[Update] On June 3rd, the petition supporters reached their goal of 25,000 signatures! This year, the Obama administration has been actively considering the issue of public access to the results of federally funded research. The administration is currently considering which policy actions are priorities that will it will act on before the 2012 presidential election season begins in earnest. Supporters of open access to research results hope to demonstrate a strong public interest in expanding the NIH Public Access Policy across all U.S. federal science agencies. As a supporter of open access to information, I agree with them. On Monday, a petition calling for public access to federally funded research was posted on the White House's "We the People" site. If the petition garners 25,000 signatures within 30 days, it will be reviewed by White House staff, and considered for action. I've signed the petition, and so have over 7,000 other people as of today. For more information on open access issues and initiatives in the library, see the library's information page, the subject guide, or this recent 3Qs with Dean Will Wakeling from news@Northeastern.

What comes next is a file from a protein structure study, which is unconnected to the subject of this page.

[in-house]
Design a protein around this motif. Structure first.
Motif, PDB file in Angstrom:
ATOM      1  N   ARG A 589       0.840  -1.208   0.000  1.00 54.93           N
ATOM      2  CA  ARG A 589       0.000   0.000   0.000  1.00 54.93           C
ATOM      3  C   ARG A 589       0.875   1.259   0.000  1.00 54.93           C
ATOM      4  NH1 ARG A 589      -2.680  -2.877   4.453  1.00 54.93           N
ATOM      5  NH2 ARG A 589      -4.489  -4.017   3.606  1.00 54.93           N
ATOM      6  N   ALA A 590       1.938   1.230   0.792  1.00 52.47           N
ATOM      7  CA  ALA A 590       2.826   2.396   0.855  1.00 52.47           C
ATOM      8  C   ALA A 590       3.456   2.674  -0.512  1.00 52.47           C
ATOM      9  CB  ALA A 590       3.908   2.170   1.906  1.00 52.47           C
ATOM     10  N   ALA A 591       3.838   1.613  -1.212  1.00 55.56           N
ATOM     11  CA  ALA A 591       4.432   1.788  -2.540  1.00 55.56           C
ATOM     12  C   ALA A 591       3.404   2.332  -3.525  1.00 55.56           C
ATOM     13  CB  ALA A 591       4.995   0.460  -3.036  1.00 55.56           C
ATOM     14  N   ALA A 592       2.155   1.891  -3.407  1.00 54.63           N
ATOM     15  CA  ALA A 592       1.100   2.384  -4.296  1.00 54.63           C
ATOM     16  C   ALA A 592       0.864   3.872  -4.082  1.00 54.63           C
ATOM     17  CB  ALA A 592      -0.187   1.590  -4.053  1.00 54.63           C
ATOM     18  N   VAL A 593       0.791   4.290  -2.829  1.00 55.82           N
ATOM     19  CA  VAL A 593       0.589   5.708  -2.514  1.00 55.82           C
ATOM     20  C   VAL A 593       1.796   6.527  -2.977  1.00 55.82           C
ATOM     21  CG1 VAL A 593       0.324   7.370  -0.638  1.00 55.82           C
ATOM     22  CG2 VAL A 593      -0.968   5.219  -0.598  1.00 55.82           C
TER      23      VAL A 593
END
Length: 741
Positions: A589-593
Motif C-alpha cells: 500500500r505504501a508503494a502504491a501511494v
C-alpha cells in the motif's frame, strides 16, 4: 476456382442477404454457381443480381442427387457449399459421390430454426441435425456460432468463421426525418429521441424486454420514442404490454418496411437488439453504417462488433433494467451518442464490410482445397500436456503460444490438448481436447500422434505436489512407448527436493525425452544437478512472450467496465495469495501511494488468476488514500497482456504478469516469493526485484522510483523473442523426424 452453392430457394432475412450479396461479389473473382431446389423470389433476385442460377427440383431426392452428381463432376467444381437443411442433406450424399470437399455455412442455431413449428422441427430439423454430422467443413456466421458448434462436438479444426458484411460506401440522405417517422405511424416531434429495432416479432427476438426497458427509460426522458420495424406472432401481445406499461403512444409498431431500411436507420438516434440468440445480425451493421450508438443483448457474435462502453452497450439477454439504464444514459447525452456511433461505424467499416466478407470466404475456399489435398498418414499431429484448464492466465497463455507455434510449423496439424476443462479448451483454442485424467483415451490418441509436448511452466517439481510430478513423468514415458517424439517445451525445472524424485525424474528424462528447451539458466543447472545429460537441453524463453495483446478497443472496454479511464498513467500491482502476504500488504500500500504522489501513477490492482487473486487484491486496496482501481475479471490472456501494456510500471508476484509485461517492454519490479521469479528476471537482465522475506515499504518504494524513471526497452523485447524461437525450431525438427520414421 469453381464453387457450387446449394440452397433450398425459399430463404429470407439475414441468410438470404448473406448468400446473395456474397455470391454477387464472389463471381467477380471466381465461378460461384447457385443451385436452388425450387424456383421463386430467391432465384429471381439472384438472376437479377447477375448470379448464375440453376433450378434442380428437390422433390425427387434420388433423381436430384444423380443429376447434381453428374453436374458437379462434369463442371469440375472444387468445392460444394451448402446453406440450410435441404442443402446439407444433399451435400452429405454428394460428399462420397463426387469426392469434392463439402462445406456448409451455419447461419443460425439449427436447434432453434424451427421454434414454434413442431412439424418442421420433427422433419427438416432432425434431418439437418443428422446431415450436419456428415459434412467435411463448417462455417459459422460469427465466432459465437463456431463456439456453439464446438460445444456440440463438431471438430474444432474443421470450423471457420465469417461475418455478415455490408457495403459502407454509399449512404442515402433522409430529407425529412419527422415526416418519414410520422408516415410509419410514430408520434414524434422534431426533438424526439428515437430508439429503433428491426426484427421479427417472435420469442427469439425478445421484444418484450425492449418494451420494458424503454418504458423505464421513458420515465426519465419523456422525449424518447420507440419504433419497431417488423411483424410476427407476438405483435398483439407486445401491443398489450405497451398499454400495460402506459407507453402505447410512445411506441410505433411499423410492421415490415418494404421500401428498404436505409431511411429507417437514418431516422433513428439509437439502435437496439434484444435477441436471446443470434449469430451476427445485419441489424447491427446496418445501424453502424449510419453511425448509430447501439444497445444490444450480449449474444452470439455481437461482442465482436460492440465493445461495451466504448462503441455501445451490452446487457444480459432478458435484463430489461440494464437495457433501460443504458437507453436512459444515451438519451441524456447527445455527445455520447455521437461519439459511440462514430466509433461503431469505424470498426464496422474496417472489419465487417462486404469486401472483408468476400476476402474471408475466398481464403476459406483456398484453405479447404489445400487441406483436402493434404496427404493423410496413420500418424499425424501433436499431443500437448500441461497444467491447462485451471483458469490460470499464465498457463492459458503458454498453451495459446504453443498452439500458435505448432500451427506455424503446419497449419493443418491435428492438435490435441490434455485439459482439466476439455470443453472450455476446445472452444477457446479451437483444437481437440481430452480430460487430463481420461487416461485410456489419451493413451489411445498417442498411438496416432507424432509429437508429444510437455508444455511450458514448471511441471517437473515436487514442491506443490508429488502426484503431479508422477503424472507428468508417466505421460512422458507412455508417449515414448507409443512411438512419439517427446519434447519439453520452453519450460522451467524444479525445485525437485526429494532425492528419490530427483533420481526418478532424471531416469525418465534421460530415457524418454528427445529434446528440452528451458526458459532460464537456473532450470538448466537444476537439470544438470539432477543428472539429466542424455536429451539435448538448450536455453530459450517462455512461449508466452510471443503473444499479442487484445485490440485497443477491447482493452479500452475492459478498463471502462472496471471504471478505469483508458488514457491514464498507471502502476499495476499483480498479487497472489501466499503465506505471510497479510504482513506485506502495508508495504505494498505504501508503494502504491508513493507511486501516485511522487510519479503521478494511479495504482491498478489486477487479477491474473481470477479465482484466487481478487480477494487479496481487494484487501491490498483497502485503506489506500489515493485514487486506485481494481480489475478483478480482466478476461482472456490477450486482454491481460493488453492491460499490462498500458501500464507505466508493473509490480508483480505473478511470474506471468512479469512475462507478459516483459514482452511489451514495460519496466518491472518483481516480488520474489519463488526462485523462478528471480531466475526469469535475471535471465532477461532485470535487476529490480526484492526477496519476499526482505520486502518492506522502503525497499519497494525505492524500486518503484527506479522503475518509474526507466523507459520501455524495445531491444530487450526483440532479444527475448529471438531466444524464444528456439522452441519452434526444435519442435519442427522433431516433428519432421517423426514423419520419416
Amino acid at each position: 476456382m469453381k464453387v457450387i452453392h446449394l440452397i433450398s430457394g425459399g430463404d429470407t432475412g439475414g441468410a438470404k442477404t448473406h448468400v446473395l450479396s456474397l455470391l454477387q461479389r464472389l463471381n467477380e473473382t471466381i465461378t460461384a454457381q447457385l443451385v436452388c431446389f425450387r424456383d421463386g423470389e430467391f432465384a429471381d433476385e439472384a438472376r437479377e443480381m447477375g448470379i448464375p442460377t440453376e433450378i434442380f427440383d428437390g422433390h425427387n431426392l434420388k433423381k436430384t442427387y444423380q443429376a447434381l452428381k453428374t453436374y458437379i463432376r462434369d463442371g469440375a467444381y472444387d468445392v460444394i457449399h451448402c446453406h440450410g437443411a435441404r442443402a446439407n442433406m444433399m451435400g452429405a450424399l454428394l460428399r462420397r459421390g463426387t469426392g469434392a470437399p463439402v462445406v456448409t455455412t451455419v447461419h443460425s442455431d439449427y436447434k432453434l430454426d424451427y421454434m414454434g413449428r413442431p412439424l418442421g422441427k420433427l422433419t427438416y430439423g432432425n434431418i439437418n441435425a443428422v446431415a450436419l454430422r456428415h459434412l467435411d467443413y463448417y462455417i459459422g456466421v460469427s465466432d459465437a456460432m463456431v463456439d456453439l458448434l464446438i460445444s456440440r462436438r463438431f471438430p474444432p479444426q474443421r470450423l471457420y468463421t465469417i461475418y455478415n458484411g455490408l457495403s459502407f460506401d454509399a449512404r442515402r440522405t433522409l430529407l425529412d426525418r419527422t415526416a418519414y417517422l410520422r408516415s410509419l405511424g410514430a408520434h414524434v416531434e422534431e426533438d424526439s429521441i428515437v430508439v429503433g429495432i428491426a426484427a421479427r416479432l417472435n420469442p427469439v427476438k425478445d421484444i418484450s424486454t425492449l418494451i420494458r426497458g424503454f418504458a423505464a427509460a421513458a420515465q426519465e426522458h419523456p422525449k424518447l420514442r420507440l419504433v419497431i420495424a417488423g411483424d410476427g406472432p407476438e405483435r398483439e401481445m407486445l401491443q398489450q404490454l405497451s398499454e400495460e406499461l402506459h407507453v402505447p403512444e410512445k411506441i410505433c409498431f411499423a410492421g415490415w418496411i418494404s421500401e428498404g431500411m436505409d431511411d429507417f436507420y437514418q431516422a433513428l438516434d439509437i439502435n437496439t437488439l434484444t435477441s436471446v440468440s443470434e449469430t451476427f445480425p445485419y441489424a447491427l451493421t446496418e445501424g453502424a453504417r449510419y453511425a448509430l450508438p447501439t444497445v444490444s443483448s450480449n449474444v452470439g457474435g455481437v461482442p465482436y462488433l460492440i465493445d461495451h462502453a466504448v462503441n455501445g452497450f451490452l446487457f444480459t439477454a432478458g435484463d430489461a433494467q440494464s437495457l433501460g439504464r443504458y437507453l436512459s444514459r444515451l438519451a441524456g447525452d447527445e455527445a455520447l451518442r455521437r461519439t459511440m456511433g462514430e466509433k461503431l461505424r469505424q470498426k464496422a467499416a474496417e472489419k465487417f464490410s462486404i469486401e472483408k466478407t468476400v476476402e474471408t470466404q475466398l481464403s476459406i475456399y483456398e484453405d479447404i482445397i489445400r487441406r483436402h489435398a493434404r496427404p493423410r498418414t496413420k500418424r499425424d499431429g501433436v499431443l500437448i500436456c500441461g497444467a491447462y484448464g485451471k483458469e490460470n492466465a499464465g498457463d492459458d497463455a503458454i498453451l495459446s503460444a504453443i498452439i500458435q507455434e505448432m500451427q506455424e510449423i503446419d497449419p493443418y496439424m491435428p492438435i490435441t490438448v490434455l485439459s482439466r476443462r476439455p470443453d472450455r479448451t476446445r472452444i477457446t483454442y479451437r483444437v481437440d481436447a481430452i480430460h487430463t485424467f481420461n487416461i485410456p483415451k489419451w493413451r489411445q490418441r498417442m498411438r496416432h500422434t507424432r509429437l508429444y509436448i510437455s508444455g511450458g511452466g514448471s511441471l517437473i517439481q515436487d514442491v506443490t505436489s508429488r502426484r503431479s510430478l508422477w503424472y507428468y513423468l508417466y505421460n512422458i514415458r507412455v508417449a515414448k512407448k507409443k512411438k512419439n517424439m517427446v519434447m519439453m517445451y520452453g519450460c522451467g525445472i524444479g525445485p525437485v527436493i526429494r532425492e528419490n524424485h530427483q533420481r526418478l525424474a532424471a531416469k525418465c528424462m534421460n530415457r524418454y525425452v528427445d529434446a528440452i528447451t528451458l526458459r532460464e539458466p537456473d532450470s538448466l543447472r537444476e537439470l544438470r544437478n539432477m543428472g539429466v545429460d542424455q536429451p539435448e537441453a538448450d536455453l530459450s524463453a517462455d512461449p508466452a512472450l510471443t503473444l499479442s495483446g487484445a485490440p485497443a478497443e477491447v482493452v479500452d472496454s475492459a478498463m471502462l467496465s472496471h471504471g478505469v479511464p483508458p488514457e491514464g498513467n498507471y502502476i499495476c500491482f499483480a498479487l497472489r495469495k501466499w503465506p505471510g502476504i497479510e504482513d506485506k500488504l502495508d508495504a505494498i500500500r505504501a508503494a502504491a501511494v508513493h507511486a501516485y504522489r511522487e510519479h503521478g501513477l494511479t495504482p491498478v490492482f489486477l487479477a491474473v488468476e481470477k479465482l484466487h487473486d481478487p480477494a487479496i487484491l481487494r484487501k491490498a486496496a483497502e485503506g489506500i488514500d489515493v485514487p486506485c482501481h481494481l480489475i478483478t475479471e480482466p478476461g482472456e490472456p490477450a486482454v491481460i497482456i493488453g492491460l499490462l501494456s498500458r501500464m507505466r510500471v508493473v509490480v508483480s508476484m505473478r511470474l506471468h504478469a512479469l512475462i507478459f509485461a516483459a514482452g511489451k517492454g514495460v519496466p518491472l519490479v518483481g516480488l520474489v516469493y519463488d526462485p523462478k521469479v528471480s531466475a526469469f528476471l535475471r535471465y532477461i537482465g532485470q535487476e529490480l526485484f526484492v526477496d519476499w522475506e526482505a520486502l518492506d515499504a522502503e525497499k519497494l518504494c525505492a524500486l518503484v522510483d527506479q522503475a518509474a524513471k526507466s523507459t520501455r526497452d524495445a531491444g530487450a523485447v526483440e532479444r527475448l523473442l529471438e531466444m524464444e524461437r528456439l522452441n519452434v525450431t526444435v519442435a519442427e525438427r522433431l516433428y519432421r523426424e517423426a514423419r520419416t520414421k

On April 17, 2012, Harvard University's Faculty Advisory Council on the Library issued an open memo to the Harvard community stating that "major periodical subscriptions cannot be sustained" due to high prices and unreasonable publisher practices. If this topic sounds familiar, it's because it's already been in the news recently - in January, mathematician Timothy Gowers-Lee blogged about these issues specifically as they relate to publishing giant Elsevier. In February, a website was created where scholars could sign on to a boycott of Elsevier; as of today over 10,000 signatures have been gathered. The Harvard memo avoids mentioning specific companies, instead referring to "certain publishers" that receive close to $3.75 million per year from Harvard for its subscriptions to their journals. Harvard's expenses for online journal content from just two major providers has increased 145% over the past six years. The memo states, "The Faculty Advisory Council to the Library, representing university faculty in all schools and in consultation with the Harvard Library leadership, reached this conclusion: major periodical subscriptions, especially to electronic journals published by historically key providers, cannot be sustained: continuing these subscriptions on their current footing is financially untenable. Doing so would seriously erode collection efforts in many other areas, already compromised." Harvard University is certainly not alone in struggling with rising subscription costs - it's been discussed in the professional literature since the 1990s, when publishers introduced the "big deal" pricing model of requiring libraries to subscribe to less important journals along with their subscriptions to essential titles. Only recently, though, have the mainstream media begun reporting on publishers' questionable practices. Although it's too soon to say whether the Harvard memo will have any direct impact on the industry, it's definitely increasing public awareness of an issue that not only affects Harvard but is jeopardizing the financial sustainability of academia as a whole. Recommended reading: ⇒ Full text of the Faculty Advisory Council Memorandum on Journal Pricing ⇒ "Harvard Now Spending Nearly $3.75 Million on Academic Journal Bundles," The Atlantic, April 23, 2012 ⇒ "The wealthiest university on Earth can’t afford its academic journal subscriptions," io9.com, April 24, 2012 ⇒ "If Harvard Can’t Afford Academic Journal Subscriptions, Maybe It’s Time for an Open Access Model," Time, April 26, 2012 ⇒ "Harvard panel pushes benefits of free journals," The Boston Globe, April 28, 2012